Many Canadians who attended City Hall said they appreciated the opportunity, knowing it was a rare opportunity to voice their grievances face-to-face with the Prime Minister.

It’s common for people to live-stream their interactions with him on social media and flock to him after the event to take selfies and shake hands.

When attending City Hall at the University of Manitoba in Winnipeg this week, Prime Minister Trudeau was documented by a Reddit user in an exchange with a self-proclaimed Canadian People’s Party supporter that quickly went viral online.

The young man said it was “anti-Christian” for the Liberal Party to support abortion rights and asked if the prime minister should have the right for women to “choose what happens to their bodies”. At the time, he replied, “Personally no.”

The exchange continued, and Prime Minister Trudeau finally tapped the young man on the shoulder and said, “It sounds like you need to think a little more and pray a little more.”

Prime Minister Trudeau was praised for handling interactions on social media.

“Historically, these events have been very kind to Trudeau,” Fournier said. “He’s very good at talking to people.”

But Scott Reed, a former senior adviser to Liberal Prime Minister Paul Martin, warned that city hall could become a bubble that doesn’t necessarily reflect the mood of the country.

And the excitement of being in the same room as the Prime Minister can wear off quickly.

Manitoba rancher Tyler Fulton attended City Hall in Ottawa, hosted by the Canadian Farmers Federation, asking questions about prairie prairie conservation. He said it would be a good opportunity to engage with the leader, even though Trudeau said he might come across a hoax.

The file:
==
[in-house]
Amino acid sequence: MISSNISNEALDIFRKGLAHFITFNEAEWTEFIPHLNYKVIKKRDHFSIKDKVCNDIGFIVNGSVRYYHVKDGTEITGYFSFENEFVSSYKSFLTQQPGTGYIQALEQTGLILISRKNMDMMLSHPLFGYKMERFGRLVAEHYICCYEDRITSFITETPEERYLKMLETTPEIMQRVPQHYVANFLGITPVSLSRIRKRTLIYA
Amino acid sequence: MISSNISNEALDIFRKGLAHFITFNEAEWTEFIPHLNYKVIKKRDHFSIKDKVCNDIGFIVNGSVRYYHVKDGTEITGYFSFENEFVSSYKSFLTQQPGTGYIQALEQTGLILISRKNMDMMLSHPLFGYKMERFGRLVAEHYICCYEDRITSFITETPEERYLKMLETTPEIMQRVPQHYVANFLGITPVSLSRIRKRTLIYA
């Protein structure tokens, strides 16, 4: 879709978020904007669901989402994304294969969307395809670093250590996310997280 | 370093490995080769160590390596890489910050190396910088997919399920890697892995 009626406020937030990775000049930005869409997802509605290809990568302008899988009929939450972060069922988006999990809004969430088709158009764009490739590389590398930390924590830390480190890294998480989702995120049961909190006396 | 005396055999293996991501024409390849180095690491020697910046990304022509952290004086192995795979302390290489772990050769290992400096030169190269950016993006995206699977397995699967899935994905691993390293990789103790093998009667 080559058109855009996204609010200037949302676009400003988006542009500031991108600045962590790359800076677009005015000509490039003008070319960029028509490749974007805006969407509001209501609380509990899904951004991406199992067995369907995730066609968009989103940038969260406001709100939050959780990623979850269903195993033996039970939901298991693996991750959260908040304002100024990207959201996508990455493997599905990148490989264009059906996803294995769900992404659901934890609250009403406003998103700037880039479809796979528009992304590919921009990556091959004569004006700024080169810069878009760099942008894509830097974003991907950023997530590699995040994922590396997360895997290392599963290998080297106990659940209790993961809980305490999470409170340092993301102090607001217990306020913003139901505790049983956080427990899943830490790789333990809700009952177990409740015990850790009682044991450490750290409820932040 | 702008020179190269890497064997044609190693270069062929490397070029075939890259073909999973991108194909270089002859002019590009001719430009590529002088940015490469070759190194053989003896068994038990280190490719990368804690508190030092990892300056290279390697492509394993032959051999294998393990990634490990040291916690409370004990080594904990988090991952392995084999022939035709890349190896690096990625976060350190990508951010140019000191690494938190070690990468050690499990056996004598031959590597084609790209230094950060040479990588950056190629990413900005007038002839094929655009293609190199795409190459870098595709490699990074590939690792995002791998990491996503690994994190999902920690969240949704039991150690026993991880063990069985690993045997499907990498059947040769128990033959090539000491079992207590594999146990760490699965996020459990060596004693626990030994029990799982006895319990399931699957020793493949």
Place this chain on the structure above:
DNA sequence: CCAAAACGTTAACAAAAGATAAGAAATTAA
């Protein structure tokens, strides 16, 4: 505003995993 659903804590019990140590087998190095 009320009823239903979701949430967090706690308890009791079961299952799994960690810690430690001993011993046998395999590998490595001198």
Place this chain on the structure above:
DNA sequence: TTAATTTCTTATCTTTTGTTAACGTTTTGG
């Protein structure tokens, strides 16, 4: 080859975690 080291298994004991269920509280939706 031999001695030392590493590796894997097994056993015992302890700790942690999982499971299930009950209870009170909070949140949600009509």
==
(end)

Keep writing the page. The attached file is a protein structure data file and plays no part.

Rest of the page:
However, Fulton said he tried to contact Trudeau’s office to follow up on his concerns but received no response.

“If you have these venues, you have to follow up,” said Fulton, who also works for the Canadian Cattle Association.

“Otherwise people will only become cynical about the purpose.”

At City Hall in Port Coquitlam, Brock asks Trudeau about his mental health. His answer included encouraging people to take a mental health first aid course.

She later joked that she should have worn a “no mansplaining zone”.

“I think it shows another side of Justin. It makes him more relatable,” Bullock said. If he does, it will serve the public.”

Stuart Barnable, senior director of public affairs at Hill+Knowlton Strategies, said that after all, City Hall is a Liberal government because it gives Prime Minister Trudeau a chance to talk about his agenda and publicize what the government has been doing. He says it makes a profit.

“I think this will only benefit what the Liberals are trying to achieve,” said Barnable, who also served as Senate Speaker George Fury’s chief of staff.

“They are setting the story,” he said. “Will it resonate with Canadians?”

This report by the Canadian Press was first published on April 15, 2023.